I must confess that I was initially surprised at the presence of both he and Cadel Evans at the very front of the peloton in the sprint today. Evans finished sixth, only one second back. However, the way the race unfolded, the strong men had to come to the front, because in the end, only thirteen men finished in the first group, with a further 35 back by 7 seconds. So on reflection, their presence is perhaps not that surprising, and is merely a reflection on the quality of the ride required to remain in contention on today's finish. However, what is still surprising to me is thier contention for the stage win.

As much as I'm not a Lance-apologist (sorry...), one thing (among many, admittedly) that Armstrong got right for the Tour de France was the allocation of effort over the three weeks of racing. Would he have fought hard for the win on the opening day of the Tour? Maybe...interesting to speculate without ever really figuring out an answer.

Physiologically, however, one has to look at Valverde and question whether it's possible to ride a three-week stage race effectively having won a single-day-classic earlier this year, then winning Dauphine Libere three weeks ago, and now racing at the sharp edge of the peloton on day ONE of the main race. That kind of sustained performance level is very difficult to achieve.

In his fantastic book "Lance Armstrong's War" (also released as "Tour de Force", in SA anyway), Daniel Coyle wrote about how cyclists remain "on the razor's edge" in their training - they are always a micrometer from going too hard, pushing beyond the limits of recovery and failing into what in physiology is called an "over-reached" state. Over-reaching rapidly becomes over-training, which I'm sure most readers will have heard of.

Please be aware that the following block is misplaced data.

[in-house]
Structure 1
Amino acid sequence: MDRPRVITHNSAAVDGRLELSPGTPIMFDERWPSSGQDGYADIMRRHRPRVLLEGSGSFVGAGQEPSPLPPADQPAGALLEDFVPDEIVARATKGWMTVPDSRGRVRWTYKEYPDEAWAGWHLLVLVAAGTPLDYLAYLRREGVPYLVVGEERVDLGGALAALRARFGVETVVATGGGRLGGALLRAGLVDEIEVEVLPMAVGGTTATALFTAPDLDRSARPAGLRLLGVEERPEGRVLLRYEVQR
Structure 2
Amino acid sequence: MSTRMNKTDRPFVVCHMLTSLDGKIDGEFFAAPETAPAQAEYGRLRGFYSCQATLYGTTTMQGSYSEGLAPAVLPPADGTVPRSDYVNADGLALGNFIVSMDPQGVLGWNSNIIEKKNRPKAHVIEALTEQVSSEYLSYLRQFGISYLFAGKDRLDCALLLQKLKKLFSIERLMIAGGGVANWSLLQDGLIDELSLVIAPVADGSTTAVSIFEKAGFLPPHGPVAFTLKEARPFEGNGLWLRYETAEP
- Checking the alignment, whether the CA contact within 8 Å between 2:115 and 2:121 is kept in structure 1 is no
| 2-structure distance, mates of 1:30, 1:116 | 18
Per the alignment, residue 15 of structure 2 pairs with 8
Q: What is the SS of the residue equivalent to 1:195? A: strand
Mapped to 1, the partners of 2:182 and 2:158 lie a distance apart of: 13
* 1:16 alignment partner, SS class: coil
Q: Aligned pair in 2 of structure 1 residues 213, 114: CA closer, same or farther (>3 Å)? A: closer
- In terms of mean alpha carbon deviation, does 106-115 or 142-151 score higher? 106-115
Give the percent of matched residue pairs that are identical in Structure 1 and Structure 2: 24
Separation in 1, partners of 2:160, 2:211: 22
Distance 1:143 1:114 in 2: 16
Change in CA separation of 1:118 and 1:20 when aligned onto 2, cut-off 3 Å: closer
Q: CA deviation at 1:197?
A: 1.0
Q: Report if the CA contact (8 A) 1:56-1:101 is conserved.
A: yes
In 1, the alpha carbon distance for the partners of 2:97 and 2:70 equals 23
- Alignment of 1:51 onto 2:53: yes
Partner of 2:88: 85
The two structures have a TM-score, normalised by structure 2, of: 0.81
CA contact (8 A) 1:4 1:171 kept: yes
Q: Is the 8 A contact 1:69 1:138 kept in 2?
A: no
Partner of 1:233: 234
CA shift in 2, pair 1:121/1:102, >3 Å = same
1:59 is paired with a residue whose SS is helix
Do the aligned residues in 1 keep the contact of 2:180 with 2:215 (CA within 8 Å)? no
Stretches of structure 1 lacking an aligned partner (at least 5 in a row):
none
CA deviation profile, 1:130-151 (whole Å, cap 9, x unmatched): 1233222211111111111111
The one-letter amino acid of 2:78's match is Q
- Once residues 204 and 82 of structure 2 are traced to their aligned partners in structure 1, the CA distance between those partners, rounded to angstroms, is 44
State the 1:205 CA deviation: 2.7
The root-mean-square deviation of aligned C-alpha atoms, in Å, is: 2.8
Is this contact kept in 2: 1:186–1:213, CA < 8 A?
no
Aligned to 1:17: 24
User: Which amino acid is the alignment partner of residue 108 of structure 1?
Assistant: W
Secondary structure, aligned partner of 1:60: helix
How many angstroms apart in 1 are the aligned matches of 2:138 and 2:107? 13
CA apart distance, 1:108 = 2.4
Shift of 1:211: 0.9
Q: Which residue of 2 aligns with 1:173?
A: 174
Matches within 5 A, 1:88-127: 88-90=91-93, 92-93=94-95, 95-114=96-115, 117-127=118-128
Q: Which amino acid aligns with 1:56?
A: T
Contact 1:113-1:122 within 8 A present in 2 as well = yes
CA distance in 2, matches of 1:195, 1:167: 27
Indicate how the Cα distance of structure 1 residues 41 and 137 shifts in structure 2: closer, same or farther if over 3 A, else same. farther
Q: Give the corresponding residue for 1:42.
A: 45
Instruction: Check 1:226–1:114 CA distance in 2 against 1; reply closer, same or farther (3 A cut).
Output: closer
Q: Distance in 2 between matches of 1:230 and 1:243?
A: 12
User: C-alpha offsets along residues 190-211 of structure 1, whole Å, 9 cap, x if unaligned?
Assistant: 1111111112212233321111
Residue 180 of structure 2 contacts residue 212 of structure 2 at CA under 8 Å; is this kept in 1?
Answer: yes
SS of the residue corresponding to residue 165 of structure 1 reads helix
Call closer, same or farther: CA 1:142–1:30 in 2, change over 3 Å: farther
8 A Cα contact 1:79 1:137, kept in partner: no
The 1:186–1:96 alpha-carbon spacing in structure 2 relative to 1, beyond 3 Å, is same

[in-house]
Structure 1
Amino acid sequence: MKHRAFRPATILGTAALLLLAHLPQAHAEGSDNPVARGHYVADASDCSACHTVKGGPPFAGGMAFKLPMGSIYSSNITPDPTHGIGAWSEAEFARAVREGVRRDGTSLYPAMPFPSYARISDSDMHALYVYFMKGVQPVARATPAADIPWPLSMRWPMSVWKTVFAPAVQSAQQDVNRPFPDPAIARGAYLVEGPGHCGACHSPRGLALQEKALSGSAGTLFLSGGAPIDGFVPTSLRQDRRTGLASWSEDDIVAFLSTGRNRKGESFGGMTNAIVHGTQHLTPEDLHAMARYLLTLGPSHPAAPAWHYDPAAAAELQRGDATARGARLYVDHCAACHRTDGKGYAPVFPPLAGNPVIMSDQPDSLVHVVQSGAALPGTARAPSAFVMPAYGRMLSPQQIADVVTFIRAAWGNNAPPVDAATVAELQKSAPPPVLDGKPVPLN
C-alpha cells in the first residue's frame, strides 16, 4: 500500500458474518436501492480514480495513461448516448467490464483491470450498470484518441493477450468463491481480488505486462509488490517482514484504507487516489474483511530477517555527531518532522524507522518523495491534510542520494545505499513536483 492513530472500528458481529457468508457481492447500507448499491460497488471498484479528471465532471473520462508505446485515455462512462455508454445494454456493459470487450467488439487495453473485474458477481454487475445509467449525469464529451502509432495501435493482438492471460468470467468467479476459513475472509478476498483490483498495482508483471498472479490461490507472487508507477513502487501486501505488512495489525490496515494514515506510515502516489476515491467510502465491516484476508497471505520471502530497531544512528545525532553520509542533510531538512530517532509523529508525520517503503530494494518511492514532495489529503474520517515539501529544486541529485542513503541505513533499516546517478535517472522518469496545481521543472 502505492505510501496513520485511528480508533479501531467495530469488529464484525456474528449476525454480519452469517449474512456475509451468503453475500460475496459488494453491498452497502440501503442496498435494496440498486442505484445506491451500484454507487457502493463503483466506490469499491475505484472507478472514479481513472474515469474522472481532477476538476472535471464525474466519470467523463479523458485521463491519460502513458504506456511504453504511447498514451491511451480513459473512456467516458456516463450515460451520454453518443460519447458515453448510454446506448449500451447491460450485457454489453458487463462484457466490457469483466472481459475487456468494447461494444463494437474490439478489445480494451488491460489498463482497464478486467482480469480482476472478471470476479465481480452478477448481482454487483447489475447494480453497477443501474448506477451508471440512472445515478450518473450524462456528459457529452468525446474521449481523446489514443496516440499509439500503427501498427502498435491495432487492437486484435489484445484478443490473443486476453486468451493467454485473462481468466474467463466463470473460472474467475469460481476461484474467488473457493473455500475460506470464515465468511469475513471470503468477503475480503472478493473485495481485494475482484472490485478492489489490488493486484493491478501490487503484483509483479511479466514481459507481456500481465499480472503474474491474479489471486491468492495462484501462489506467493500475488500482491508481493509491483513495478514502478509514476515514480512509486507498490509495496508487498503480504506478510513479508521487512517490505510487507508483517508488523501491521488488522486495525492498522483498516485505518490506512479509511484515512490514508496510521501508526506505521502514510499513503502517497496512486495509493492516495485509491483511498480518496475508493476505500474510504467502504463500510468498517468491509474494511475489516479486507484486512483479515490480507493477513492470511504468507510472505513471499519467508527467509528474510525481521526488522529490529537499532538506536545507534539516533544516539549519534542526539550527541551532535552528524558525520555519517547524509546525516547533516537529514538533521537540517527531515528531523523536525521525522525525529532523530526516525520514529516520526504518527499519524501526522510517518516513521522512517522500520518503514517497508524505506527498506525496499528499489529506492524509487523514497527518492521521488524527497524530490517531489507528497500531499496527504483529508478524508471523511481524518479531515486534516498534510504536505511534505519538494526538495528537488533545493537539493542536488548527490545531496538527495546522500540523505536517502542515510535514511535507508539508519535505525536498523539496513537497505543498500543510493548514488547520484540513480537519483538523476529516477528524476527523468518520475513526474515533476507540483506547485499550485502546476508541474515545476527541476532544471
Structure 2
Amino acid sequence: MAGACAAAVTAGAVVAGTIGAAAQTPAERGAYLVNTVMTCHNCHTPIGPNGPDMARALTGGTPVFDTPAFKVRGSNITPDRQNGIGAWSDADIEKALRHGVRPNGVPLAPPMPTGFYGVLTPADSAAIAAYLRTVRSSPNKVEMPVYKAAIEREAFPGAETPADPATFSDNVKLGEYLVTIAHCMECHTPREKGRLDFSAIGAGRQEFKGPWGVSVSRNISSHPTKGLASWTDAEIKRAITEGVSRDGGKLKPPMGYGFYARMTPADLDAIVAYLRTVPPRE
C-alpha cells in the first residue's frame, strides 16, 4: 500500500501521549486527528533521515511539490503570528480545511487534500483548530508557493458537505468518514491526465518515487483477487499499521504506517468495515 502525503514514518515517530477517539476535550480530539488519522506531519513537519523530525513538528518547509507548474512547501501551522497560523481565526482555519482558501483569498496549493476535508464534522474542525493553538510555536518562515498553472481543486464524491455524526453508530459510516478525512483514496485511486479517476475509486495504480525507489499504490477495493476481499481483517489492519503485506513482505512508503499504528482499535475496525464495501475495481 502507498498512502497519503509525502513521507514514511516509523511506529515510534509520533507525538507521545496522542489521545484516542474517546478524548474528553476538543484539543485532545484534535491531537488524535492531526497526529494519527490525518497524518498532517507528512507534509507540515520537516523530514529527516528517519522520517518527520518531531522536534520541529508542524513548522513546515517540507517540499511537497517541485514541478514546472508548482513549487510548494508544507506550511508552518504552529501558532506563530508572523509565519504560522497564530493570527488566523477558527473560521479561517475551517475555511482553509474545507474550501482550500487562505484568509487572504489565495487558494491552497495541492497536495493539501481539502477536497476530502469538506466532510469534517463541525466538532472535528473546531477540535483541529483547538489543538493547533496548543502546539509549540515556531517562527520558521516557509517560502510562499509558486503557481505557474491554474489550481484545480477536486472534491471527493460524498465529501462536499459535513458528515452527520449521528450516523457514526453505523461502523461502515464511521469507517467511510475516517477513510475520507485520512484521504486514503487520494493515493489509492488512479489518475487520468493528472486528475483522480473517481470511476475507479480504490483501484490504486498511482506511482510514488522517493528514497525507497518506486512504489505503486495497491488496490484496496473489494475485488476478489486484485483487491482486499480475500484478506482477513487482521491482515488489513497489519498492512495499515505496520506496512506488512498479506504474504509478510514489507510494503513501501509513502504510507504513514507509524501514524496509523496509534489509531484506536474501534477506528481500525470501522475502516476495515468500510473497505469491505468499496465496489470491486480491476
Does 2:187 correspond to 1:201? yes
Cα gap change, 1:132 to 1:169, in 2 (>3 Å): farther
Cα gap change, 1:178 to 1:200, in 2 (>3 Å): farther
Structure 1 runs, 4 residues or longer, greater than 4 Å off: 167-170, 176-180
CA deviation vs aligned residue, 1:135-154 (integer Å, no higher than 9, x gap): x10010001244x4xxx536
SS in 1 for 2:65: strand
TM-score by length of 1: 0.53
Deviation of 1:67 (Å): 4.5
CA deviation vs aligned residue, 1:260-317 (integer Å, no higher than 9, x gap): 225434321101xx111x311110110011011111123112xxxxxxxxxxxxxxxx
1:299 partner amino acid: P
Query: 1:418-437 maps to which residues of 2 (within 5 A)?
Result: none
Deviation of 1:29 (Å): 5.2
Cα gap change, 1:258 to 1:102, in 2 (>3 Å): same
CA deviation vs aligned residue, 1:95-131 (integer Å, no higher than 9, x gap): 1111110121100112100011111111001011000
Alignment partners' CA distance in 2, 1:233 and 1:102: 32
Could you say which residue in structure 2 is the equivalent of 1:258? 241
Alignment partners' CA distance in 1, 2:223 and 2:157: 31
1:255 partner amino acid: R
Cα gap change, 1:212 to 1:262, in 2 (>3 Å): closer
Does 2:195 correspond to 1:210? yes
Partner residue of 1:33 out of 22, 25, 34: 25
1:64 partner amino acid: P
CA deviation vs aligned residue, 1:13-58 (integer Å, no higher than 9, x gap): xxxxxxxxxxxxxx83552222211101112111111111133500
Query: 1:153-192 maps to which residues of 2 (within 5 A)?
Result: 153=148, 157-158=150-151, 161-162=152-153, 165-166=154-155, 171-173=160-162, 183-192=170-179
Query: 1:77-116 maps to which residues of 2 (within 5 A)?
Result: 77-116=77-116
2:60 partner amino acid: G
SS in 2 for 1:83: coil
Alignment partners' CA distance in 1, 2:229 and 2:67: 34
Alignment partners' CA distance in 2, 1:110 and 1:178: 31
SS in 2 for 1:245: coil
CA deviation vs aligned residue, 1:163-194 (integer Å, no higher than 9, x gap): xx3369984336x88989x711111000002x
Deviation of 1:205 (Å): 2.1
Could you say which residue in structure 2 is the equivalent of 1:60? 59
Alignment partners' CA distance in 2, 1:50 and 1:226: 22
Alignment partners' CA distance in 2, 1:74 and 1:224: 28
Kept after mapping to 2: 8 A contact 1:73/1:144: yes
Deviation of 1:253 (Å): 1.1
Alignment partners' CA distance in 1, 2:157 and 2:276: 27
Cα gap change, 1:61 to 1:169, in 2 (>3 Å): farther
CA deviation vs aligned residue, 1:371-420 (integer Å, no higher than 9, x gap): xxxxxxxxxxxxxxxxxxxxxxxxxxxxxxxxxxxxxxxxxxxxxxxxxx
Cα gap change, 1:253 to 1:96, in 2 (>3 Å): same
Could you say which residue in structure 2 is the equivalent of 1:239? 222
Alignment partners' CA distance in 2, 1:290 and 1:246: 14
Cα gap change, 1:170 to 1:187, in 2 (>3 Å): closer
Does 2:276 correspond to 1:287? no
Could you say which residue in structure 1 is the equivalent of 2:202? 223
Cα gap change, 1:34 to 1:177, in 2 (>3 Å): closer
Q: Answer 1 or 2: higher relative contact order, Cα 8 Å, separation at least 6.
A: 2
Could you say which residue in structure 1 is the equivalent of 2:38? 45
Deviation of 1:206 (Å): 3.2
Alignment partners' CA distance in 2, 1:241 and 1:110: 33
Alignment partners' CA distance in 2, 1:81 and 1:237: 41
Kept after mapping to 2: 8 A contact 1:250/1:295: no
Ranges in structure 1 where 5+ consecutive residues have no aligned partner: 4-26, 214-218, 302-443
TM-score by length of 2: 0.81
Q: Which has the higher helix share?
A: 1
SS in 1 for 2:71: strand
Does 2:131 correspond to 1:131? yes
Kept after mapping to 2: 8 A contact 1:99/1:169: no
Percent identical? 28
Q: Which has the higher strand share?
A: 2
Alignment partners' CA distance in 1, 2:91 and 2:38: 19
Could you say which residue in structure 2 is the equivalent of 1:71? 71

Now, it's impossible to say without any data, so we're speculating as wildly as the next person, but is it possible to be in Classics shape in April and May, then stage race shape in June, and still remain on top form well into July? I suspect not, and so my prediction for Valverde is that he features very highly in the first 10 days of the Tour - a Pyrenean mountain stage win is a distinct possibility, but his razor's edge will come in the Alps, when his challenge falls away. Evans, who has been showing signs of form the whole year, is likely, in my view, to get stronger as the race progresses, and I would pick him as the favourite.

Time will tell, however, and it promises to be a great race. Not to mention the other four or five big contenders, like Cunego (7 seconds down today) and Schleck. Tuesday should be the first real indication.



Jot said...

This one's easy. Take a look at all of the Stage 1 victories Lance accumulated during his big run.

I admit I only checked from 2000 on, but the total for those was 0. :)

Naturally, the Wikipedia has a really good historical list.


Anonymous said...

This years finish was unique for such an early stage. If you go back over the last 7 years, not including the prologue, which LA did claim a victory an numerous seconds in, all the stage one finishes have been flat bunch gallops. Lance would never have contested these. The last TDF champs to contest bunch sprints were the great ones, Lemond and Hinault. Evans, as well as all the top GC contenders stayed as close to the front as possible knowing that Valverde would be a threat here. See his performance at L-B-L as a precursor to this stage. This was no surprise. This stage was designed for the likes of Valverde.